Once Upon a Time: The Valley of Song

Posted June 19, 2015 by Lory in reviews / 13 Comments

Elizabeth Goudge, The Valley of Song (1951)

Many classic children’s fantasies involve finding a hidden country through a secret door, a theme that is connected with the mysterious land we enter during sleep, before birth and after death. From Wonderland to the country at the back of the North Wind to Oz to Narnia, these realms have captured readers’ hearts and imaginations in our modern, secularized age. They provide a method of transcending the barriers of formalized religion by exploring archetypal and mythic experiences in a fresh and individual way.

In The Valley of Song, the discovery and exploration of such a country is almost the sole subject of the book. Ten-year-old Tabitha, one of Goudge’s characteristically naughty but loveable child characters, has found the way into a wonderful land she calls the Valley of Song. When she brings some of her favorite adults in as well, she learns more about its nature and purpose, as the “Workshop” of the earthly kingdom and the gateway to the heavenly kingdom beyond.

Although there’s a thin thread of plot to carry the narrative — a quest to build “the most beautiful ship ever made,” using materials from the magical Valley — there’s little tension or conflict, and certainly no tremendous battles against the externalized forces of evil. Tabitha experiences some mild discomfort and one struggle to conquer her own self-interest, but mainly she journeys from wonder to wonder, rejoicing along with the creatures of the Valley at the beauty and goodness that flow from their Creator, and feeling the blessing of the Great Ones who watch over human lives.

The Peaceable Kingdom, Edward Hicks

If this makes it sound like a religious book, it is — but without being the least bit narrow or dogmatic. It bears a strong resemblance to the works of George MacDonald, which come out of a similar impulse to express the inexpressible through numinous images. Goudge’s writing in this particular book is not strong enough to reach the poetic quality of her great predecessor; too many things are merely labeled as “beautiful” or “lovely” or “wonderful,” weak adjectives that take away from our sense of actually beholding what she’s trying to describe. As an adult reader I also found some passages almost too whimsical, though Goudge is guiltless of the twee insincerity that makes such writing truly unbearable.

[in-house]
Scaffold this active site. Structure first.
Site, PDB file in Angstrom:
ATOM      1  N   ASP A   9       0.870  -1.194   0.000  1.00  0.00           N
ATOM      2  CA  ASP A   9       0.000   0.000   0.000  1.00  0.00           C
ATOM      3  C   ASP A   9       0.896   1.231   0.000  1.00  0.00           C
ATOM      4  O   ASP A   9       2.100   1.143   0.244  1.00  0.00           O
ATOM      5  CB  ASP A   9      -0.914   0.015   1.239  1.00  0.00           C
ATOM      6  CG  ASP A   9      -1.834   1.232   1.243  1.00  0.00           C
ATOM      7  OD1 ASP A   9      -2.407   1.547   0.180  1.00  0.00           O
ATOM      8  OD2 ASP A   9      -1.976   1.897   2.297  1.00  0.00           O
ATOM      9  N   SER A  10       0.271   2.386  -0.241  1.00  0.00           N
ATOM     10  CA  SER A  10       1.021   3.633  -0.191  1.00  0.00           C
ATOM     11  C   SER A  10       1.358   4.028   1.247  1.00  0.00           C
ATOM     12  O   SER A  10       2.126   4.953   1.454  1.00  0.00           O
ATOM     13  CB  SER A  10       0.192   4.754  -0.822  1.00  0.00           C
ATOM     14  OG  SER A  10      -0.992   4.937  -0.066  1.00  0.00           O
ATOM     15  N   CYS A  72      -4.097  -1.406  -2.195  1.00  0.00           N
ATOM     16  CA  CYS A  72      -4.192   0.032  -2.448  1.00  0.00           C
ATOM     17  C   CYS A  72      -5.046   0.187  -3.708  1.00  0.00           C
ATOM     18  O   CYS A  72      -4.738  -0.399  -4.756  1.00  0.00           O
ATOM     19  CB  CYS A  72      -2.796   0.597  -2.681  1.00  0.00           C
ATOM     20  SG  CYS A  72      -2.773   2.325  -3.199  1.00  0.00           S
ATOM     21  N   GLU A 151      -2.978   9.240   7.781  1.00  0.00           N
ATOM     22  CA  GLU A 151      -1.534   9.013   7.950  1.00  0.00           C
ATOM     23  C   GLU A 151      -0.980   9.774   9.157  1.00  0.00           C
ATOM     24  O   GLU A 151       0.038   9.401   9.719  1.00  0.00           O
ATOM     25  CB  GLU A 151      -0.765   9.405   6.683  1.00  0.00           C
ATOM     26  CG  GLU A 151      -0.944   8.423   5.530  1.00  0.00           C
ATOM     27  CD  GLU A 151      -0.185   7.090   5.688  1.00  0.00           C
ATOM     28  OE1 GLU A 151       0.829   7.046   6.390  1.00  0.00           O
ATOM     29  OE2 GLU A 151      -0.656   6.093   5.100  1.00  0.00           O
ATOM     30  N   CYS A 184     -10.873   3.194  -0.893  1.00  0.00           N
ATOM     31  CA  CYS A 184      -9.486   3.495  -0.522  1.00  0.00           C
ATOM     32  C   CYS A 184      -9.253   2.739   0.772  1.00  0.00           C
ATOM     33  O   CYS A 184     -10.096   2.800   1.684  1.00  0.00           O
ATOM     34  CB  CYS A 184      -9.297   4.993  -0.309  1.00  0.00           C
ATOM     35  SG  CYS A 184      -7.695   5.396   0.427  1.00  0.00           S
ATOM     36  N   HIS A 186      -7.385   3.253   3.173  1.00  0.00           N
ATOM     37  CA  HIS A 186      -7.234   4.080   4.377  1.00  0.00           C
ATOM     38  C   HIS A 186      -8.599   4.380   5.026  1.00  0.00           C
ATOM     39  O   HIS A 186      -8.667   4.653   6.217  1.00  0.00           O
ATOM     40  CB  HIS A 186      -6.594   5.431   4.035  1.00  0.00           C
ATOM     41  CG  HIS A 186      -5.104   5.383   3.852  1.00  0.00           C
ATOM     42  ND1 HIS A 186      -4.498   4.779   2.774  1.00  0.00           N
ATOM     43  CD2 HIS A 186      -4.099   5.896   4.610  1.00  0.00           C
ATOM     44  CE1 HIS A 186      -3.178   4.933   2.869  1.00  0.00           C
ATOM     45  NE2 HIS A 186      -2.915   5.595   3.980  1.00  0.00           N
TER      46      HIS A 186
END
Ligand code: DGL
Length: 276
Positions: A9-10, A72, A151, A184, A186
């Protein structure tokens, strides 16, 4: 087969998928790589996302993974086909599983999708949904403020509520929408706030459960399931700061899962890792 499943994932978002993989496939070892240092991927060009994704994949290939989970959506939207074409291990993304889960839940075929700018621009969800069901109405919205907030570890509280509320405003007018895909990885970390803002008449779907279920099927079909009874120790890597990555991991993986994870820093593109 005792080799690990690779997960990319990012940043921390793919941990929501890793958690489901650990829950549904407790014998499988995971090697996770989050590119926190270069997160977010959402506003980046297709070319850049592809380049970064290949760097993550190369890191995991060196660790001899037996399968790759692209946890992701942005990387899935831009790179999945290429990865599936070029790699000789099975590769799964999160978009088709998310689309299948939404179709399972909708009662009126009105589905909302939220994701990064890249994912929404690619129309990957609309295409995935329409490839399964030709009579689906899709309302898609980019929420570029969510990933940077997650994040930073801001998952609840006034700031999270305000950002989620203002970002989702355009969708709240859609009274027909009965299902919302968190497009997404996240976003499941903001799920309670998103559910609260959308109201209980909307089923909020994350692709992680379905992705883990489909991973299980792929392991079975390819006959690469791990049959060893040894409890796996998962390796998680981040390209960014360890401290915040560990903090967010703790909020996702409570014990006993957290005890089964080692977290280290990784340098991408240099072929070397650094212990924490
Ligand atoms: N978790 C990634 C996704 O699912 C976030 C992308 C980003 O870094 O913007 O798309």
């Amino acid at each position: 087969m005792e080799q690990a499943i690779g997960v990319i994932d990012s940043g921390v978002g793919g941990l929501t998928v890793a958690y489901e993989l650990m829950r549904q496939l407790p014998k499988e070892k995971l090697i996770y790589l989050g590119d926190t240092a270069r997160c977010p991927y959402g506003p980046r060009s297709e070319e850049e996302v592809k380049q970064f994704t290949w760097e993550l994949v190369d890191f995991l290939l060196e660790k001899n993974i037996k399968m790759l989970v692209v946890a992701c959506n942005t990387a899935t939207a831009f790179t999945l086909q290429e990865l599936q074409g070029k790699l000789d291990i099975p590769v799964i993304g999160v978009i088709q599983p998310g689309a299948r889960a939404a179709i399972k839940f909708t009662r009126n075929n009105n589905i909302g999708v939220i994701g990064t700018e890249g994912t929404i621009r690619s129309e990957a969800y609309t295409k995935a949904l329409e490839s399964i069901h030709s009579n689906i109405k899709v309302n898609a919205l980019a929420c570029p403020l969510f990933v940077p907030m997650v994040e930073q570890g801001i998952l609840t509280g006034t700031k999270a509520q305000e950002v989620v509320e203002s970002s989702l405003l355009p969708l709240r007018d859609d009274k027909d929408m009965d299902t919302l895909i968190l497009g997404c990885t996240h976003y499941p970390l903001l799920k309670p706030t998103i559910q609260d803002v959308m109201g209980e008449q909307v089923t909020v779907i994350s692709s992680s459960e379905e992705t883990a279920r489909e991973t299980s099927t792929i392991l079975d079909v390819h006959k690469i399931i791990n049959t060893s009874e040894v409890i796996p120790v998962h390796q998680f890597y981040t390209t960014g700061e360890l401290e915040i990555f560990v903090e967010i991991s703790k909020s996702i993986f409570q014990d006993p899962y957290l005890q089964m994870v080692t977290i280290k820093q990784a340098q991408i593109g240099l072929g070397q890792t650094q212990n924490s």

Instead, her gift of touching fictional people and places with reality serves to make us care about the little shipbuilding town from a bygone day, and the myriad characters, young and old, human and animal, who inhabit it. There are also passages of grandeur and true beauty, and suffusing the whole book is the power of love, love for the earth and for all that dwell therein, and for the Lord of Life, whose work we participate in when we ourselves are creative.

In her autobiography, The Joy of the Snow, Goudge herself identified this as one of the three of her own books that she truly loved, and having read it I now understand why. Into it she poured all the longings of her heart — for redemption, harmony, and participation in that joyful song that underlies all being. Readers of any age who share this longing will find delight in visiting the Valley of Song.

I’m counting The Valley of Song for the Fantasy category of the Once Upon a Time Challenge, Quest the Second.

Once Upon a Time: The Valley of SongThe Valley of Song by Elizabeth Goudge
Published by Coward-McCann in 1951
Format: Hardcover from Personal Collection

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13 responses to “Once Upon a Time: The Valley of Song

    • It’s worth a look, if you can get it without huge outlays of cash. A very interesting and unusual book!

  1. Recently I decided I was going to start checking out children books as well. I’ll add this one to by reading list! thanks for the review 🙂

  2. Great commentary on this book Lory.

    I tend to like narratives of this type. The fact that there are no large battles or great conflicts sounds like plus as it can allow an author to concentrate on other, more substantive elements.

    • If you’re looking for an thrilling plot, this may disappoint, but it still has a lot to offer.

  3. While it sounds as if this book can’t compete with Linnets and Valerians or The Little White Horse (or even The Blue Hills/Henrietta’s House), I will have to track down a copy simply because I adore Goudge’s novels so much. The comparison to MacDonald’s books is apt, and makes me even more interested in reading it. Thank you for bringing this one to my attention, Lory!

    • The fact that Goudge herself considered it a favorite made it a must for me. I will be very interested to know what you think.